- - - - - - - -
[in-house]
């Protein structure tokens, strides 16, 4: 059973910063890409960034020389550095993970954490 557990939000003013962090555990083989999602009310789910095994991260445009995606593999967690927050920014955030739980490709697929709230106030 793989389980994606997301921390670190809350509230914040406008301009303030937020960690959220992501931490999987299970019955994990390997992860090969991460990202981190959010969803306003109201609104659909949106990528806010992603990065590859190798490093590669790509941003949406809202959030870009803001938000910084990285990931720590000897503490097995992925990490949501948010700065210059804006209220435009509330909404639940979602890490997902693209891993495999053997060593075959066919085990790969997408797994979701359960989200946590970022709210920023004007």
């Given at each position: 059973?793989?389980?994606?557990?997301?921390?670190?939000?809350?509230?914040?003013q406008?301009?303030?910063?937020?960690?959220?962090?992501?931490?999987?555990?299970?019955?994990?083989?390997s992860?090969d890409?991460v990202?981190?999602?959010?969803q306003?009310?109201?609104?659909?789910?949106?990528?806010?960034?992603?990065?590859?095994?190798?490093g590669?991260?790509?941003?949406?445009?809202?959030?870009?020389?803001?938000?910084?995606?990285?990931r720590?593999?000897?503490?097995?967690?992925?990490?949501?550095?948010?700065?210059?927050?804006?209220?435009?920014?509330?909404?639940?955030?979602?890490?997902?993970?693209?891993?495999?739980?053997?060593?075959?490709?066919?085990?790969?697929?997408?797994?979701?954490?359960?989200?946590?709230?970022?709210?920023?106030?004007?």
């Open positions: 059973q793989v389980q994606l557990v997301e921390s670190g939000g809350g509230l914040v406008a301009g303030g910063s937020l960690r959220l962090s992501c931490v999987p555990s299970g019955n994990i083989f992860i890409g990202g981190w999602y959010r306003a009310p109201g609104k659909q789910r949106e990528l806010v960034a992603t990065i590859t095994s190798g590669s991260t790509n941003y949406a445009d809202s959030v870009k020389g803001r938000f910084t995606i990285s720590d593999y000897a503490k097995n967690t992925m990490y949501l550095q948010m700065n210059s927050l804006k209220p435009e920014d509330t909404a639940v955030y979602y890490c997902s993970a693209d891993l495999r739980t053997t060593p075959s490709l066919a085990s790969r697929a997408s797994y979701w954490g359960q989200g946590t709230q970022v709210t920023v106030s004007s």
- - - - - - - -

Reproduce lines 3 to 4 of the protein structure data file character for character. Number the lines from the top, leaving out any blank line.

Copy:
């Given at each position: 059973?793989?389980?994606?557990?997301?921390?670190?939000?809350?509230?914040?003013q406008?301009?303030?910063?937020?960690?959220?962090?992501?931490?999987?555990?299970?019955?994990?083989?390997s992860?090969d890409?991460v990202?981190?999602?959010?969803q306003?009310?109201?609104?659909?789910?949106?990528?806010?960034?992603?990065?590859?095994?190798?490093g590669?991260?790509?941003?949406?445009?809202?959030?870009?020389?803001?938000?910084?995606?990285?990931r720590?593999?000897?503490?097995?967690?992925?990490?949501?550095?948010?700065?210059?927050?804006?209220?435009?920014?509330?909404?639940?955030?979602?890490?997902?993970?693209?891993?495999?739980?053997?060593?075959?490709?066919?085990?790969?697929?997408?797994?979701?954490?359960?989200?946590?709230?970022?709210?920023?106030?004007?």
């Open positions: 059973q793989v389980q994606l557990v997301e921390s670190g939000g809350g509230l914040v406008a301009g303030g910063s937020l960690r959220l962090s992501c931490v999987p555990s299970g019955n994990i083989f992860i890409g990202g981190w999602y959010r306003a009310p109201g609104k659909q789910r949106e990528l806010v960034a992603t990065i590859t095994s190798g590669s991260t790509n941003y949406a445009d809202s959030v870009k020389g803001r938000f910084t995606i990285s720590d593999y000897a503490k097995n967690t992925m990490y949501l550095q948010m700065n210059s927050l804006k209220p435009e920014d509330t909404a639940v955030y979602y890490c997902s993970a693209d891993l495999r739980t053997t060593p075959s490709l066919a085990s790969r697929a997408s797994y979701w954490g359960q989200g946590t709230q970022v709210t920023v106030s004007s």